Nicaragua turns a blind eye to Covid-19

. Mar 27, 2020
nicaragua coronavirus

One of Latin America’s most unstable countries of the current moment is Nicaragua, a nation of 6 million people sandwiched between Costa Rica and Honduras. Just like Venezuela, the country is ruled by a long-standing left-wing regime, where freedom of the press is scarce and political prisoners are many. But unlike Venezuela — which has been finding its way into headlines around the world — the repression under Daniel Ortega’s government doesn’t draw so much attention. 

However, as the coronavirus outbreak surpasses 100 deaths in Latin America, Nicaragua is shaping up to become a disaster within a disaster, with scarce official data being released by authorities. Nicaragua only reported its first confirmed case on March 18, while the region as a whole has already recorded 8 deaths and more than 1,200 cases. 

Amid the regional lockdown, Mr. Ortega’s wife and ultra-religious Vice President Rosario Murillo called the people to the streets for a march against the virus, dubbed “Love in Times of Covid-19.” Ms. Murillo said that Nicaragua “won’t follow other countries” in applying restrictions on movement to fight the pandemic. Since then, the government has only confirmed two cases, but local NGOs say the number is much higher. 

In government since 2007, Orteguismo is repeating the same mysterious agenda when it comes to a social crisis. Besides Ms. Murillo’s statements, the military is also withholding information, with army spokesperson Álvaro Rivas Castillo bluntly admitting that they would not confirm any case of Covid-19 among officials. 

The Health Ministry is also under pressure. This Wednesday, Health Minister Carolina Dávila canceled a press conference due to the presence of independent media outlets, the same ones that have been persecuted by the Ortega regime. According to Reporters Without Borders, Nicaragua is in 114th position on the 2019 World Press Freedom Index, out of 180 countries. The government even deprived Nicaragua’s best-known daily newspaper La Prensa of paper and ink for 500 days

As people can’t access reliable information, the country is expecting the worst. Even the local football championship is still running, though matches are taking place behind closed doors. Lucia Pineda, from media channel 100% Noticias, reported that due to the government’s inefficiency, people are putting themselves in “self-quarantine,” deciding to close churches and small businesses. 

President Ortega’s public absence has also encouraged some ribbing from Nicaraguans online. The hashtag “Be Like Ortega” spread across the country, recommending people not to show their faces publicly, just like their president. Since the start of the Covid-19 outbreak, Mr. Ortega is nowhere to be seen. 

Central America, despite Nicaragua

According to the World Bank, Central America remains the poorest region in Latin America, with the region’s smallest middle class making up just 24.7 percent of the population. It is also notorious for its murder rates, with Guatemala, El Salvador, and Honduras regarded some of the world’s most violent countries. 

Even though instability is not exclusive to Nicaragua, being a bad example in managing the crisis certainly is. In Guatemala, far-right leader Alejandro Giammatei — who is also a doctor — was quick in his calls for people to stay home. He addressed important information to the nation, not putting ideology ahead of medical advice, unlike the behavior of Brazil’s Jair Bolsonaro.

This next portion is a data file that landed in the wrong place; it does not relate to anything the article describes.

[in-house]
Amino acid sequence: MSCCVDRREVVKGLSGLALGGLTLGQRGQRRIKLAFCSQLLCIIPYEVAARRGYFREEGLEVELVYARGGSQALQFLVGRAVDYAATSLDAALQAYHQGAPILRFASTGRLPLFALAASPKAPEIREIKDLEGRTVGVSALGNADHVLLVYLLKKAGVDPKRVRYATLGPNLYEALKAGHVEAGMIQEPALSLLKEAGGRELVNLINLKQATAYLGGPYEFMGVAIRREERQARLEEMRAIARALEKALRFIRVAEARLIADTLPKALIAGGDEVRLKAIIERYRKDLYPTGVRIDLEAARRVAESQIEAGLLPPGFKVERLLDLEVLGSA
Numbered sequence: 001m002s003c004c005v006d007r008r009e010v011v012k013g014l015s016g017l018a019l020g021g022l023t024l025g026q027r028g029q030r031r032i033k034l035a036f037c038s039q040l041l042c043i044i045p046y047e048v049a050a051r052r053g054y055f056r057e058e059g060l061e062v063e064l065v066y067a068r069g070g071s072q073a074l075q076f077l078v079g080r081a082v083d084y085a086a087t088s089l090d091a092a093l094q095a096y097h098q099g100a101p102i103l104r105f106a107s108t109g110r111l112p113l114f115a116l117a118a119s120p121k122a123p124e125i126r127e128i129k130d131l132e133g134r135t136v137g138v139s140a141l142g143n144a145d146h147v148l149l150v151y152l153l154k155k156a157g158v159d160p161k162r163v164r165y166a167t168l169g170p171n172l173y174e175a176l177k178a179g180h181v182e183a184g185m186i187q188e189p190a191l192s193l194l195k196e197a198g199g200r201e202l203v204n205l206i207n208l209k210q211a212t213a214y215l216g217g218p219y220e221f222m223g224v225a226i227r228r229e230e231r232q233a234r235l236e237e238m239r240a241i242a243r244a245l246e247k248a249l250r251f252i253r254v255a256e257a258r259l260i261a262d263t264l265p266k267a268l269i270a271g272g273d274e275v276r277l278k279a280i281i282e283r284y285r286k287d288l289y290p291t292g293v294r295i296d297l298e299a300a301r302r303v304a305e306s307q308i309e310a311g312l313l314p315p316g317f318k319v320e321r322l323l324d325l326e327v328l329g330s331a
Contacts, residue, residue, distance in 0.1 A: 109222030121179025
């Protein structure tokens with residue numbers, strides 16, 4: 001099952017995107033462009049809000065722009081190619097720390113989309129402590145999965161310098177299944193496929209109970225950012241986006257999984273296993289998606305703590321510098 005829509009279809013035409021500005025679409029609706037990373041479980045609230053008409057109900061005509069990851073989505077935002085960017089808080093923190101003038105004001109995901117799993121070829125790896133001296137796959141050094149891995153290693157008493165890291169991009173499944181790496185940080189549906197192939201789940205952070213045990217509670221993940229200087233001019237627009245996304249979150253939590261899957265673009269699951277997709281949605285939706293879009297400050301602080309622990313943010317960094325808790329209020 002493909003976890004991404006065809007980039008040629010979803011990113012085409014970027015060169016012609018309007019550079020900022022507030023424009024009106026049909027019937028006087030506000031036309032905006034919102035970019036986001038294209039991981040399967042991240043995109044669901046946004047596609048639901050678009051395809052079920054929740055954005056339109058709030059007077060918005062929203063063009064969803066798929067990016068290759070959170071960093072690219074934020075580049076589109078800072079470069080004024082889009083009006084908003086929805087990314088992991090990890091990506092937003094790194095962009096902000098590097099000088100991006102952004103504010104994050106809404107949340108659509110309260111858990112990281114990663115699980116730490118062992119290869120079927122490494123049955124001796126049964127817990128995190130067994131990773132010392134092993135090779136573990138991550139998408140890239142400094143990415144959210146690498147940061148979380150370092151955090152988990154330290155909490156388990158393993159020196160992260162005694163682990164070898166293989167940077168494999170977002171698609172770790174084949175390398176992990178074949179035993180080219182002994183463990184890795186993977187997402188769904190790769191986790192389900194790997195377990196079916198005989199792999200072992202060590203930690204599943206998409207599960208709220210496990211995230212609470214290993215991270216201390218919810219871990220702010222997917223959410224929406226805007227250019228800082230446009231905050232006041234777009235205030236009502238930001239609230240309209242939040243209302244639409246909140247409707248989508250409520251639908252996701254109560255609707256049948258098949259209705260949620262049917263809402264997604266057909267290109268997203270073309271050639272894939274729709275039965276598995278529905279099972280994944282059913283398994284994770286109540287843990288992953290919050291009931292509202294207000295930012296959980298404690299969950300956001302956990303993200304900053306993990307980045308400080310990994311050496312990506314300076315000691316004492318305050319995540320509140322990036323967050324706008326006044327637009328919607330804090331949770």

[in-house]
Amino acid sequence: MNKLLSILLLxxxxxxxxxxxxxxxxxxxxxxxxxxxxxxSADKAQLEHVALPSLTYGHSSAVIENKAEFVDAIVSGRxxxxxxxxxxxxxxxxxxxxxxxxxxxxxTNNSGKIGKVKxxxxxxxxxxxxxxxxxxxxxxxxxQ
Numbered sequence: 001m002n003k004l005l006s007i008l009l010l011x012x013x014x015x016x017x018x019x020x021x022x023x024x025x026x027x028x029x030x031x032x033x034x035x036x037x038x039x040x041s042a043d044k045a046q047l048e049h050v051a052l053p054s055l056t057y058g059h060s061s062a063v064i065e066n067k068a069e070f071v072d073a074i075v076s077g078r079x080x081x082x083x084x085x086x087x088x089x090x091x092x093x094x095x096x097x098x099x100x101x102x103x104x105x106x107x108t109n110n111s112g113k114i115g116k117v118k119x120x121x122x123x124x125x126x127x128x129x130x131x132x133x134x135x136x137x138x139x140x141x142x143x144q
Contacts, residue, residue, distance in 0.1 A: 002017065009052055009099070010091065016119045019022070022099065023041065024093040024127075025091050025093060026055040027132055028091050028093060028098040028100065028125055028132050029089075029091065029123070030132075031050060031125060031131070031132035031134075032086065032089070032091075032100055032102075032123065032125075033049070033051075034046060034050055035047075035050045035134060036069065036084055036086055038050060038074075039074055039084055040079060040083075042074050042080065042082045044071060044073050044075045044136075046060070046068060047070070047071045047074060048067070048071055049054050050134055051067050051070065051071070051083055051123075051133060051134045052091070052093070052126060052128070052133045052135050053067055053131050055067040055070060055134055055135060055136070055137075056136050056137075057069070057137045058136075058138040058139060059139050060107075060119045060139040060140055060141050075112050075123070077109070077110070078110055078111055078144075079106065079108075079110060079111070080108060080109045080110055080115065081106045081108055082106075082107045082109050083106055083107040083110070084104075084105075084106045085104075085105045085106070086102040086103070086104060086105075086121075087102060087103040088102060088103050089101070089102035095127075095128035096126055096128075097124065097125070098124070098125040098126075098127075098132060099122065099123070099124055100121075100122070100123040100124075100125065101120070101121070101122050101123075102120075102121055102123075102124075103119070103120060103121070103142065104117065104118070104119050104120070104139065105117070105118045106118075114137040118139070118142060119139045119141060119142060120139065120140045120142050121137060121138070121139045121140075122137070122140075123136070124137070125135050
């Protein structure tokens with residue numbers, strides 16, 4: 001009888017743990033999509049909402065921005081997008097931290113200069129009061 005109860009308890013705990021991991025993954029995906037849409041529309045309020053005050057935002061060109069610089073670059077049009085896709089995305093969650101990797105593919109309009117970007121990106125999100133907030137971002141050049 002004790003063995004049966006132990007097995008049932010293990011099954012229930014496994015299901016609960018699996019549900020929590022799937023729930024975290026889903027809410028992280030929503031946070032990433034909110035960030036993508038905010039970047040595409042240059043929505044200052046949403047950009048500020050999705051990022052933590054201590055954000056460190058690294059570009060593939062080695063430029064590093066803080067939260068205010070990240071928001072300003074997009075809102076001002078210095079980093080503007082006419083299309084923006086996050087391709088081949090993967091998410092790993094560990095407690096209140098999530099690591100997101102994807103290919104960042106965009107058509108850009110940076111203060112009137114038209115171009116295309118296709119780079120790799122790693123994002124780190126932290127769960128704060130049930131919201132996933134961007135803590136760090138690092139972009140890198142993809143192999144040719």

Salvadorean leader Nayib Bukele is one of the best examples amid the crisis. He has been using his social media accounts to warn people about his measures, even holding a live broadcast with famous Puerto Rican singer Residente to warn people about the risks of leaving home. 

According to Jorge E. Cuéllar, Assistant Professor in Latin American, Latino & Caribbean Studies at Dartmouth College, the prevention of Covid-19 in Central America must be a shared effort that complements the measures taken by neighboring countries. Especially when lots of them migrate, mainly from unprotected Nicaragua south to Costa Rica. 

“The hermetic Mr. Ortega hasn’t appeared in public since February 21. His government, however, has offered mixed messages about the novel coronavirus — downplaying its seriousness and going on with civic life as normal despite the pandemic’s spread,” the expert told The Brazilian Report.

Due to how the virus is testing the fortitude of communities, neighborhoods, and families, Nicaragua is putting not only its own country at risk but also endangering the measures taken by neighboring nations. As the borders are not closed, citizens can flee across the border. Since 2018, the Costa Rican government reported at least 70,000 asylum requests from its northern neighbor. 

Next door in El Salvador, President Bukele was one of the first in all of Latin America to shut down all human entry into the country and has since placed the nation under what is essentially house arrest. As the leader of an already chaotic country, he thought extreme measures could be the solution. Will it be enough? Mr. Cuéllar said it is uncertain, but, at least, some leaders are not just waiting to be proved wrong.  

“Only time will tell if his preventive methods — that have also remilitarized Salvadoran society — were worth it. However, what they do show, at a fundamental level, is proactivity to combating the virus and an understanding of the limitations of health services in El Salvador.”[/restricted]

 
Lucas Berti

Lucas Berti covers international affairs—specializing Latin American politics and markets. He has been published by Opera Mundi, Revista VIP, and The Intercept Brasil, among others.

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